Half of all businesses say there is too much regulation, according to a new survey conducted on behalf of the National Audit Office, the Better Regulation Executive and the Better Regulation Delivery Office.
However, fewer businesses felt that the overall level of regulation in the UK was an obstacle to their business success compared with three years ago, found the survey, the fifth commissioned by the National Audit Office.
There is evidence that the regulatory burden is decreasing, with the proportion of businesses agreeing that the level of regulation in the UK is an obstacle to their businesses’ success falling from 62% in 2009 to 55% in 2012.
Within these figures, the proportion that strongly agreed regulation is an obstacle decreased from 35% to 24%. However, small businesses were more likely on average to agree strongly that the overall level of regulation is an obstacle (31%).
Business perception of the Government’s approach to regulation, as measured by agreement levels in response to a series of statements, is less positive in 2012 than it was in 2010.
One-third (33%) of businesses felt that, overall, complying with regulation had become more time consuming over the last 12 months. Small businesses (50%) and medium-sized businesses (44%) were more likely to report an increasing burden than were large businesses.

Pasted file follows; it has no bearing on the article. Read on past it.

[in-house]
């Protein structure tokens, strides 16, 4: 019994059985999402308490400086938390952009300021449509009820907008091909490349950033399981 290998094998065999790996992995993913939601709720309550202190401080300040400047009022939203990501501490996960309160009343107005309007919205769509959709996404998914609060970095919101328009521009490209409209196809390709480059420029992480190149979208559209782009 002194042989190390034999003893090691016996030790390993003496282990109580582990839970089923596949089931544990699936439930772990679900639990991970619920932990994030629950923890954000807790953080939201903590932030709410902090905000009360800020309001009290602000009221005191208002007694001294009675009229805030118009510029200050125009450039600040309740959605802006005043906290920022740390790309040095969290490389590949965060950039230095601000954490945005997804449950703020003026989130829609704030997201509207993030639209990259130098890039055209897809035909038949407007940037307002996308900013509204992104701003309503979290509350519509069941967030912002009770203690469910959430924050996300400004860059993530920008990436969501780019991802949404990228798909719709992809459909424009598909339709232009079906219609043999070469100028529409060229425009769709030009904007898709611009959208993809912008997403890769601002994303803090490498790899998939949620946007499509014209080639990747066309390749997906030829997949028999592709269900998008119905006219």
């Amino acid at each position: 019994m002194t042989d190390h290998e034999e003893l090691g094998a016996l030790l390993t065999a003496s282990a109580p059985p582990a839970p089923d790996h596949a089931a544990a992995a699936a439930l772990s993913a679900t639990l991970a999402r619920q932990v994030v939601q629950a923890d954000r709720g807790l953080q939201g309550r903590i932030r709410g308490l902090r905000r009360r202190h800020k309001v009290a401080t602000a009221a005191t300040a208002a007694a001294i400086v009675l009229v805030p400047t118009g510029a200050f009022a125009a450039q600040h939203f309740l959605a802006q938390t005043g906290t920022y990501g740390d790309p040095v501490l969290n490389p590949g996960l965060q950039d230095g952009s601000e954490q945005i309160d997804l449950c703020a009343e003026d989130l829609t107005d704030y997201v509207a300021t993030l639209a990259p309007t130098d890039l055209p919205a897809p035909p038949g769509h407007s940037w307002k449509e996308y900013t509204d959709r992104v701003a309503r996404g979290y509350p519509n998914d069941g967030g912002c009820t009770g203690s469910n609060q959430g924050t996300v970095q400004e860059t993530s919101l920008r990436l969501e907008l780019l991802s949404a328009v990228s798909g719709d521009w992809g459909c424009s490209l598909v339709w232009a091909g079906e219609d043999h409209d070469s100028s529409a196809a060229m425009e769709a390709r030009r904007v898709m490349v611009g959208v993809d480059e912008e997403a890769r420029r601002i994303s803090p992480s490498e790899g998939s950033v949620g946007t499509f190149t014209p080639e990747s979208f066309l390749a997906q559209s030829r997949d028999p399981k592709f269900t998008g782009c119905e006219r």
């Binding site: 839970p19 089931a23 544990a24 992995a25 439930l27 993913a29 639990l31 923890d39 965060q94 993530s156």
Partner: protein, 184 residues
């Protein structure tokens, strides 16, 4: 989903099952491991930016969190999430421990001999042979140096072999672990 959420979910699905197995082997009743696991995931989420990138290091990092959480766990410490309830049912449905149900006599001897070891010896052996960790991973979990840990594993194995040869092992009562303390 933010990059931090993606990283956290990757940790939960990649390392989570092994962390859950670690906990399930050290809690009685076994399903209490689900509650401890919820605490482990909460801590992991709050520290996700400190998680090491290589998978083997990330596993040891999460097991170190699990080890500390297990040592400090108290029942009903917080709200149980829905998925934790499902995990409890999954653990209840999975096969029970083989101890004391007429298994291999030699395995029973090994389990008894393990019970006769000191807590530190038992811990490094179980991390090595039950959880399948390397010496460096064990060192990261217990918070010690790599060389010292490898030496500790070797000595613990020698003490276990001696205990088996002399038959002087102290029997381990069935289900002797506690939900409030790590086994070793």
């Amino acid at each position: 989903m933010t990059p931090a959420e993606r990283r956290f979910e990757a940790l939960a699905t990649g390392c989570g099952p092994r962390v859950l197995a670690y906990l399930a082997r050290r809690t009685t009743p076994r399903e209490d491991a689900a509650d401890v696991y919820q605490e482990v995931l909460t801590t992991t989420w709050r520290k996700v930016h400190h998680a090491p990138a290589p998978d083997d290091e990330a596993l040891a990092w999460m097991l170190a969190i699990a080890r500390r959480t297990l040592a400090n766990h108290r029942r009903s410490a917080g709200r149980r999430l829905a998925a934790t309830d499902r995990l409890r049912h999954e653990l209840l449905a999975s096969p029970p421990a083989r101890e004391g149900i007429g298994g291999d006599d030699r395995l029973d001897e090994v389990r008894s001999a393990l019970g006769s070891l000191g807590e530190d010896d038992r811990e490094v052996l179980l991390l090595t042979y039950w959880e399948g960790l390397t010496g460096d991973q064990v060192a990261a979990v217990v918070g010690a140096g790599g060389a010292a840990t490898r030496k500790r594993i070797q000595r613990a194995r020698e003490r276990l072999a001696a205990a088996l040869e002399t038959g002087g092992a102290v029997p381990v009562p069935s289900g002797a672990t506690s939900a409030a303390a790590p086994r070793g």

Chris Shapcott, Director of Regulatory Studies at the National Audit Office, said:
“The news that fewer businesses felt that the overall level of regulation in the UK was an obstacle is welcome. But more work needs to be done, particularly to ensure that small businesses feel the same reduction in the burden of regulation that large businesses have.”
Steve Radley, Policy Director at EEF, the manufacturers’ organisation, said:
“We welcome the Government’s efforts to tackle red tape and note the progress suggested by the report. But, the view from industry is that progress is too slow.
“With its own report showing that more than half of companies still cite regulation as an obstacle to growing their business, the Government can and must do better. In particular, it must grasp opportunity with its forthcoming employment law reforms to take measurable actions that will make a real difference to business.”